Broadly speaking, ants have two different feeding strategies. A large proportion of all species are "carnivorous," meaning that they are generalist predators feeding on other small animals or scavenging on their remains. Some, however, are "herbivorous". This is not to say that they only eat plants; rather, the bulk of their diets consist of plant-derived matter. For example, some forage on sticky fluids produced by plants to attract ants, called extra-floral nectar; others feed on the processed plant sap excreted by plant-sucking insects such as scale insects and aphids. Herbivorous ants are likely to be a highly under-estimated component of the global fauna as there are many tropical forest canopy specialists among them, and the forest canopy remains to this day surprisingly unexplored.
It has long been a mystery how herbivorous ant species gain all the nutrients they need. Their plant-derived diet comprises essentially water and sugars; it is deficient in protein and/or the nitrogen-based compounds that are the building blocks of proteins. Carnivorous ants face few such nutritional difficulties, as their diet tends to contain all the chemical compounds they require. Most ants are not renowned for being associated with microbesthe most famous suite of on-board microbial symbionts in insects is found in termites, whose guts harbor bacteria that facilitate the digestion of the woody material that constitutes the termite dietbut it has been recently hypothesized that herbivorous ants might host a set of indigenous symbionts that provide the missing components of the herbivorous ants' diets.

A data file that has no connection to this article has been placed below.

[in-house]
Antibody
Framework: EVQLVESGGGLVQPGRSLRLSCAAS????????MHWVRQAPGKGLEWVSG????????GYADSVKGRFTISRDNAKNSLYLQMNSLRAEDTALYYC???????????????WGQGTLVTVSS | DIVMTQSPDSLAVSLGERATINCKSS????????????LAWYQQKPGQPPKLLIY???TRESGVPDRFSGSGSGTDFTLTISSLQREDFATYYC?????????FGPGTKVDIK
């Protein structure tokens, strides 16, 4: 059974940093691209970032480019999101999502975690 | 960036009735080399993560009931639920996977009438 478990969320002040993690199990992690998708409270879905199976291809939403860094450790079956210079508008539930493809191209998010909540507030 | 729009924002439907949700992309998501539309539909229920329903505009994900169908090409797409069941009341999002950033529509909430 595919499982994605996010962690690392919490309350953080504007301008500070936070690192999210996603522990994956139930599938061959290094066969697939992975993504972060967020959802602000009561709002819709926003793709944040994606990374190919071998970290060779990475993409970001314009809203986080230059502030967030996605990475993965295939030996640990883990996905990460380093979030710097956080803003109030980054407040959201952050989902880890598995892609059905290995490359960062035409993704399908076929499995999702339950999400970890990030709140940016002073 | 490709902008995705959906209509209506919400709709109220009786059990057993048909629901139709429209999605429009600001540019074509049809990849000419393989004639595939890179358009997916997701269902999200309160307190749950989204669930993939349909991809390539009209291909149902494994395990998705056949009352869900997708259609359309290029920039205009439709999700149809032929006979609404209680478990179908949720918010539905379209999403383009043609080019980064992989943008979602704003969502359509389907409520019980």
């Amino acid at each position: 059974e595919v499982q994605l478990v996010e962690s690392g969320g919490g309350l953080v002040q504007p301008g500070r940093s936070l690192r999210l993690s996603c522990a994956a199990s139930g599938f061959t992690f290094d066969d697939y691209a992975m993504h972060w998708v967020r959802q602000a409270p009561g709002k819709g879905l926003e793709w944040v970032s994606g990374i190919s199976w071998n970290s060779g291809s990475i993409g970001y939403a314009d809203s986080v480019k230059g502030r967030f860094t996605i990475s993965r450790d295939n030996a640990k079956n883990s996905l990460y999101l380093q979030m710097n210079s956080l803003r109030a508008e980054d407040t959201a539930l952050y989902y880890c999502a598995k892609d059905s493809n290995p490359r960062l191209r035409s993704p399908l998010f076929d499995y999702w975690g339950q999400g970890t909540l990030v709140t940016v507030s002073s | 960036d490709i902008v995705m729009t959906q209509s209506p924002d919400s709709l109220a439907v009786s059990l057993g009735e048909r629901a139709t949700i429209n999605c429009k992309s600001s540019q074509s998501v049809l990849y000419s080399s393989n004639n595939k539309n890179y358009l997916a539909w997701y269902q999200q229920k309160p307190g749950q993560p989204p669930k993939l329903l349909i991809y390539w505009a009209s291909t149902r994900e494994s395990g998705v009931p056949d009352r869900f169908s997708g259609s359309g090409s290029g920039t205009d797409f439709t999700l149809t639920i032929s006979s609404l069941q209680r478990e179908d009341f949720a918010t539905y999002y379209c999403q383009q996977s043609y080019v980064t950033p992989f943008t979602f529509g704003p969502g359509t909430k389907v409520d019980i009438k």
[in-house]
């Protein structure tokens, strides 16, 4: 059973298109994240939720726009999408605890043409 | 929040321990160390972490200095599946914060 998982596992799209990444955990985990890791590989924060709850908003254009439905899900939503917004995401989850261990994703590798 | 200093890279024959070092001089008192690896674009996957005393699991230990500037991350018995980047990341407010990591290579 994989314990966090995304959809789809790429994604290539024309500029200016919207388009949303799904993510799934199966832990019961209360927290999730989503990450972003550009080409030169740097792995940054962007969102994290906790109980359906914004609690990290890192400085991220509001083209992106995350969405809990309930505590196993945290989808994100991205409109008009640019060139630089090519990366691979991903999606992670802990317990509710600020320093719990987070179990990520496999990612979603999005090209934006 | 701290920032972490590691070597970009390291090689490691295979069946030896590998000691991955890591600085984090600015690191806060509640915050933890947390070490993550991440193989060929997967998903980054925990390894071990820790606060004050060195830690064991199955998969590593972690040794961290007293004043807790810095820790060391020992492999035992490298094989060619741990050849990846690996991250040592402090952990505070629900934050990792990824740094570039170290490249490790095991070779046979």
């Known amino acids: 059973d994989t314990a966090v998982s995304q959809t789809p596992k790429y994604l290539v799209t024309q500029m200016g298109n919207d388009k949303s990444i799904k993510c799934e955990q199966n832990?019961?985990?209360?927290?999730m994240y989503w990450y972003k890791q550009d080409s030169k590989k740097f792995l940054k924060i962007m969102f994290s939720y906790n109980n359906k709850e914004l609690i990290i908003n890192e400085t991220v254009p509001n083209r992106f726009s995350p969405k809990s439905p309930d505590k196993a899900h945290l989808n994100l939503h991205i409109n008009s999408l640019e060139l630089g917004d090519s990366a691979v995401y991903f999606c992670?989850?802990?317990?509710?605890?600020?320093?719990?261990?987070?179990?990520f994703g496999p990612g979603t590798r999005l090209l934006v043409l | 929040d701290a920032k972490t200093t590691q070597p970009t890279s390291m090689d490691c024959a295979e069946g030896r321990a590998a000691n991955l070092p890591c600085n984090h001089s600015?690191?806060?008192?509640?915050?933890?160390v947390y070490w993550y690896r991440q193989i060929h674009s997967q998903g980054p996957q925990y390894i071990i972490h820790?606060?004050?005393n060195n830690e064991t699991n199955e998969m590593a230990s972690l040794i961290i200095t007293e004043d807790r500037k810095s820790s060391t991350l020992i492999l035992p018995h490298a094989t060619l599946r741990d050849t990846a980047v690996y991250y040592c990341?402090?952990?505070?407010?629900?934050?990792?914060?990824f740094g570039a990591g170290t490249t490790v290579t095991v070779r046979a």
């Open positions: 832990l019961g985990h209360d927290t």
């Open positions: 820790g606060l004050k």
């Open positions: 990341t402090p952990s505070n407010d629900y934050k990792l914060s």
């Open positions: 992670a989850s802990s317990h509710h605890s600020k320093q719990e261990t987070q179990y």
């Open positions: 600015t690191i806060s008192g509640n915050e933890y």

We tested this hypothesis by using molecular genetic techniques to look for the presence of microbes in 283 species of ants from 18 of the 21 ant subfamilies. We were able to classify each ant species as carnivorous or herbivorous based on the amount of heavy and light nitrogen (15N/14N) within the ants' tissues. By uniting the two datasets, we were the
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